During times such as these, poetry is often one of the vehicles that reminds us of the importance of bearing witness. Mount Island’s Lucy Terry Prince Prize has come to a close and we are excited to announce our grand prize winner, Brittny Ray Crowell’s “Blood Petition: A Prayer of Reckoning.” The runner up poems are: “The Big Day” by Jordan Charlton and “Can You Taste the Ivory Coast Chocolate?” by Mervyn Seivwright. These poems will be published in our summer 2020 issue, and in our 2021 print anthology, Revive!

This historic prize was designed to honor the life of Lucy Terry Prince, a Guilford landowner, community organizer, orator, and the first known African-American poet in English literature, known for “Bars Fight,” a poem that documents a raid that takes place in Deerfield, MA in 1746. 

The prize’s inaugural  judge, Major Jackson, is a celebrated poet whose most recent poetry collection, The Absurd Man, is followed by many others such as Roll Deep (2015), Holding Company (2010), Hoops (2006) and Leaving Saturn (2002), which won the Cave Canem Poetry Prize for a first book of poems.

Jackson has made his final decisions among the following list of poems that have been selected as finalists by the editorial team at Mount Island. This was a blind contest, which means we’ve chosen without having any identifying information of the poet who has submitted. The finalists included:

  • Brittny Ray Crowell: “Blood Petition,” “Your Navel Cord’s Well,” and “Down 59”
  •  LN Bethea: “where i’m at,” “Poor White Man,” and “Black on Me”
  • Mervyn Seivwright: “Can You Taste the Ivory Coast Chocolate?,” “Stick, Hook, and a Pile of Yarn,” and “Red Stripes on the flag”
  •  Sarah Audsley: “Still Life with the Watermelon Seeds”
  • Jordan Charlton: “The Big Day,” and “When/I Know”

We would like to also thank the Vermont Partnership for Fairness and Diversity and Vermont African American Heritage Trail for their sponsorship support of this prize. 

As we all continue to figure out how to engage with the world during this time, it is encouraging to continue to support the work of those who are bearing witness as stated by Mount Island’s founder and Editor-in-Chief, Desmond Saunders Peeples,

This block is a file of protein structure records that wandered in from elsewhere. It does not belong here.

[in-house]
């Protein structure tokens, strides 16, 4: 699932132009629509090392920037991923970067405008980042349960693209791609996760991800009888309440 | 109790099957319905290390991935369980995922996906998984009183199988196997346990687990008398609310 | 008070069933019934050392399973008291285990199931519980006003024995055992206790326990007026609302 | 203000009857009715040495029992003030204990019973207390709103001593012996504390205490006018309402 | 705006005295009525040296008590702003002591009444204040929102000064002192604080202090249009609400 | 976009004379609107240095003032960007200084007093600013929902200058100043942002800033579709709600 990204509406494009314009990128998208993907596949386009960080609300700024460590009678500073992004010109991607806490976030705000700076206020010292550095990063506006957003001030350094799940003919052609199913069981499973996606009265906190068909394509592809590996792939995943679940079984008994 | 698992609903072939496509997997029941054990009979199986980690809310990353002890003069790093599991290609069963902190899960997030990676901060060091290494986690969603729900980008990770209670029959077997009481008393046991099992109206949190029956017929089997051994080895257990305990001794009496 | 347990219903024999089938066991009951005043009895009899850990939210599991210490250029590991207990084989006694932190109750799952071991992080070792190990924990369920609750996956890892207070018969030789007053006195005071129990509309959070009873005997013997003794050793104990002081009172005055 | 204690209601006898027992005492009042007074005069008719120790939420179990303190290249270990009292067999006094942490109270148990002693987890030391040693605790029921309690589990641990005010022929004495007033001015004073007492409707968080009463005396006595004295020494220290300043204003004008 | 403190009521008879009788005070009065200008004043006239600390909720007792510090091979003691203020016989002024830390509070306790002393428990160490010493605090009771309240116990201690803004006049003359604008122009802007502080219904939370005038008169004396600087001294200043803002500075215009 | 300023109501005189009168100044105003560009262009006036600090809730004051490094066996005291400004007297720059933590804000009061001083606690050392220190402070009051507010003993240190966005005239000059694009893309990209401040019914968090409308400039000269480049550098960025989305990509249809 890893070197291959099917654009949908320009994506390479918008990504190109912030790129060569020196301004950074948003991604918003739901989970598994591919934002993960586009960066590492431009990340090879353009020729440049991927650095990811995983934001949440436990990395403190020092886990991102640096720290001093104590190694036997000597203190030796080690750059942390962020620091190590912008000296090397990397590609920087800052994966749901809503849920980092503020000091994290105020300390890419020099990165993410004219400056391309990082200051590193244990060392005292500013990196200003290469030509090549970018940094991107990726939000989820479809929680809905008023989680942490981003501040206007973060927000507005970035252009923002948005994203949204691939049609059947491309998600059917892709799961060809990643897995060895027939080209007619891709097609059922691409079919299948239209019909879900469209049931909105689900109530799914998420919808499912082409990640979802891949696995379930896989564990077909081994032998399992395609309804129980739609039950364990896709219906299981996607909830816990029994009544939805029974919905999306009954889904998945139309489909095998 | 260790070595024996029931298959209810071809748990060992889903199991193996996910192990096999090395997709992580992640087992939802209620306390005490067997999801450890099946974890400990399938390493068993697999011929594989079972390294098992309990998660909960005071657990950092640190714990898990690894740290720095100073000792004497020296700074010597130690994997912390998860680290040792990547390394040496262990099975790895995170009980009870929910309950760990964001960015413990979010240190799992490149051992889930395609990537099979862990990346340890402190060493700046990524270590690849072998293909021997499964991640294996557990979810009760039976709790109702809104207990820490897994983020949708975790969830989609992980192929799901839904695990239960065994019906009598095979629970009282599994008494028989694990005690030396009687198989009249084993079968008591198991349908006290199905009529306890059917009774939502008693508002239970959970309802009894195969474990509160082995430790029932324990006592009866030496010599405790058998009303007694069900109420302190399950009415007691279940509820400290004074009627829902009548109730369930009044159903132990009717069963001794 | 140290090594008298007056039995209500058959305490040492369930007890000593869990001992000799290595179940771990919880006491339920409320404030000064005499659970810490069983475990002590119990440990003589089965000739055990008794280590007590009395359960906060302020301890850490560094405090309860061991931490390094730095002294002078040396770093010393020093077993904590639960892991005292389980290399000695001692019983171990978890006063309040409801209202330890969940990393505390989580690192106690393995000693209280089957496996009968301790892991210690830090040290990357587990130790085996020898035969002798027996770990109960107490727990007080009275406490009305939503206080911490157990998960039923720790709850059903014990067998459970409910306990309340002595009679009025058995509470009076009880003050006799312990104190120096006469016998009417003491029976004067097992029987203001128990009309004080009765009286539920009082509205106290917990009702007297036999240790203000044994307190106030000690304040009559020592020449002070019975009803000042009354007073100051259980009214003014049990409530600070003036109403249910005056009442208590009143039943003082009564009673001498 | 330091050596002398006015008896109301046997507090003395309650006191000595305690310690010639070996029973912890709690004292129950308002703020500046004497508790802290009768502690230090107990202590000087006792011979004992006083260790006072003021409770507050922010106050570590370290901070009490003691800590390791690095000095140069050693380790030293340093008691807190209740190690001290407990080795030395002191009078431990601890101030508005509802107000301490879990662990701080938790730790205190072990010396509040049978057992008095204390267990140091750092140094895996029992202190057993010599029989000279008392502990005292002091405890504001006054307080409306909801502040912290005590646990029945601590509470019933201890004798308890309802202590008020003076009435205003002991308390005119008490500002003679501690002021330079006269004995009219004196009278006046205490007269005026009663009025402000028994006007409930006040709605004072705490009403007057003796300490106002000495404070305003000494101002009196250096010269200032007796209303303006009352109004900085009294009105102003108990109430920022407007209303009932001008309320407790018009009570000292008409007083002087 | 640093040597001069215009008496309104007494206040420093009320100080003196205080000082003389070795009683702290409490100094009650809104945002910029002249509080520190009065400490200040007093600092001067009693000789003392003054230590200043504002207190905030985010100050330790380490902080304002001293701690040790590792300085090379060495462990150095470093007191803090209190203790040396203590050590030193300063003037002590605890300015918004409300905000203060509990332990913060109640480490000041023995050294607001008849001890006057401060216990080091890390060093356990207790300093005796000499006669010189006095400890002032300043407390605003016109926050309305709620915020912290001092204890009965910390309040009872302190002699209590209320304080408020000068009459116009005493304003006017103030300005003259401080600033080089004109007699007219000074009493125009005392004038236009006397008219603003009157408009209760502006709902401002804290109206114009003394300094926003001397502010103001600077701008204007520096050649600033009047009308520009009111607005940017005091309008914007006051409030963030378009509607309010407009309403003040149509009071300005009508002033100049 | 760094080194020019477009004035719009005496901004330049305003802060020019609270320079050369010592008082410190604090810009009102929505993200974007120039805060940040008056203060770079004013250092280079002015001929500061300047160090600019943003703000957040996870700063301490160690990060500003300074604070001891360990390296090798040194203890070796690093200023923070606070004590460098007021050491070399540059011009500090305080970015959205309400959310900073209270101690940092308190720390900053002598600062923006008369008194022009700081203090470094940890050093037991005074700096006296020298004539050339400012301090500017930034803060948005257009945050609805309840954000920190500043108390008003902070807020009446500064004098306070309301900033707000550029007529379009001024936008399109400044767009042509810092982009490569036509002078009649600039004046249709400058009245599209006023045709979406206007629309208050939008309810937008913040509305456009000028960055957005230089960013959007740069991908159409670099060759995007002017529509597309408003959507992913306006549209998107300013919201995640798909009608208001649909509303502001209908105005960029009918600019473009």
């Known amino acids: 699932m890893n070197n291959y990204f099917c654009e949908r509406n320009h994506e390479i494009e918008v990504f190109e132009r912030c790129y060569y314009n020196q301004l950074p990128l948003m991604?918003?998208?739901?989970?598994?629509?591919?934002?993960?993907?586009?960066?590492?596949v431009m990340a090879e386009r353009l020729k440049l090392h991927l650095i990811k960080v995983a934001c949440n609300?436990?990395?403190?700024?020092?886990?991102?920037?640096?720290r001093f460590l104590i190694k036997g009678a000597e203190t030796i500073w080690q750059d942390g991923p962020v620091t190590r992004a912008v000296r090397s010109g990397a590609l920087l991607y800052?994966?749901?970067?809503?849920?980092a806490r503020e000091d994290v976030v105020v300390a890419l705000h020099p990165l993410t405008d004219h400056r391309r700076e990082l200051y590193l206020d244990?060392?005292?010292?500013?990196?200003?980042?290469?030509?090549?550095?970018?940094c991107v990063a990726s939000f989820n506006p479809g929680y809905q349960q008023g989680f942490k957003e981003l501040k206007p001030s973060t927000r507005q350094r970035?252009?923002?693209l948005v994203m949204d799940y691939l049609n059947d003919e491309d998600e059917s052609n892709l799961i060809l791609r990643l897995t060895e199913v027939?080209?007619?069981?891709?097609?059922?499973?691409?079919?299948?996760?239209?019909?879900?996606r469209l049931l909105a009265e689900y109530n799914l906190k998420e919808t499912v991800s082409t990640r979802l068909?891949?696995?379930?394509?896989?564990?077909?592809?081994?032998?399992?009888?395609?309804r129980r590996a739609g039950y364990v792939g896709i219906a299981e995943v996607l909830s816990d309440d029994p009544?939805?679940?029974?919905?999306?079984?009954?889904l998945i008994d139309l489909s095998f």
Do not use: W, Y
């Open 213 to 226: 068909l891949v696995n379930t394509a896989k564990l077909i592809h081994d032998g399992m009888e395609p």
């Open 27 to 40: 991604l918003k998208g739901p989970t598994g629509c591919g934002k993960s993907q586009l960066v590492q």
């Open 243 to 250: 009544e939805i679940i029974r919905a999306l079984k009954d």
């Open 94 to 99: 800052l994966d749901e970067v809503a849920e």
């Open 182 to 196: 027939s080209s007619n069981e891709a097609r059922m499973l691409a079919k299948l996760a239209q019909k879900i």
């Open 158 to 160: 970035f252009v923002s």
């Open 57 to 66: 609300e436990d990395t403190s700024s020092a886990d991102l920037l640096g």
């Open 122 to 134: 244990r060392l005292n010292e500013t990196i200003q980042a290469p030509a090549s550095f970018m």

“There’s no better time to honor the legacy of Lucy Terry Prince than 2020, the year of our Black Spring. I’m proud as a peach that we’ve brought rural people of color from around the country together in the name of a Black woman who made her home a sanctuary for her community in colonial Vermont—and that in doing so, we are able to tangibly support three exceptional Black writers here and now.”

Meet the winners

First Place: Brittny Ray Crowell for “Blood Petition: A Prayer of Reckoning”

Brittny Ray Crowell is a native of Texarkana, TX. She received a B.A. in English from Spelman College, and an M.A. in English from Texas A&M-Texarkana. Her work has been published in The West Review and the anthology Black Lives Have Always Mattered. Her work focuses on hidden mythologies of the contemporary South as seen in her current poetry manuscript Haint, an exploration of  home in the wake of trauma. She is currently a Ph.D. student at the University of Houston where she serves as an Assistant Poetry Editor for Gulf Coast

1st Runner Up: Jordan Charlton for “The Big Day”

Jordan Charlton is a PhD student at the University of Nebraska. He also works with the Nebraska Writers Collective, working with both high school youth poets and incarcerated writers through the programs Louder Than a Bomb: Great Plains and Writers’ Block.

2nd Runner Up: Mervyn Seivwright for “Can You Taste the Ivory Coast Chocolate?”

Mervyn R. Seivwright has appeared or has forthcoming published works in AGNI Literary Magazine, The Trinity Review, Santa Fe Literary Review, Montana Mouthful Literary Magazine, iō Literary Journal, The Stirling Spoon, The Scribe Literary Journal, Flights Literary Journal, Rigorous Magazine, Prometheus Dreaming Cultural Journal, and Toho Journal. He has received recognition as a Semi-Finalist for the Midwest Review‘s Poetry Contest, Z Publishing’s Kentucky’s Best Emerging Poets 2019, and has a poem commissioned by the British Museum, Ipswich, United Kingdom. Mervyn holds an MFA in Creative Writing from Spalding University, Louisville KY. He is from Jamaican heritage, born in London, England and while he currently lives in Schopp, Germany.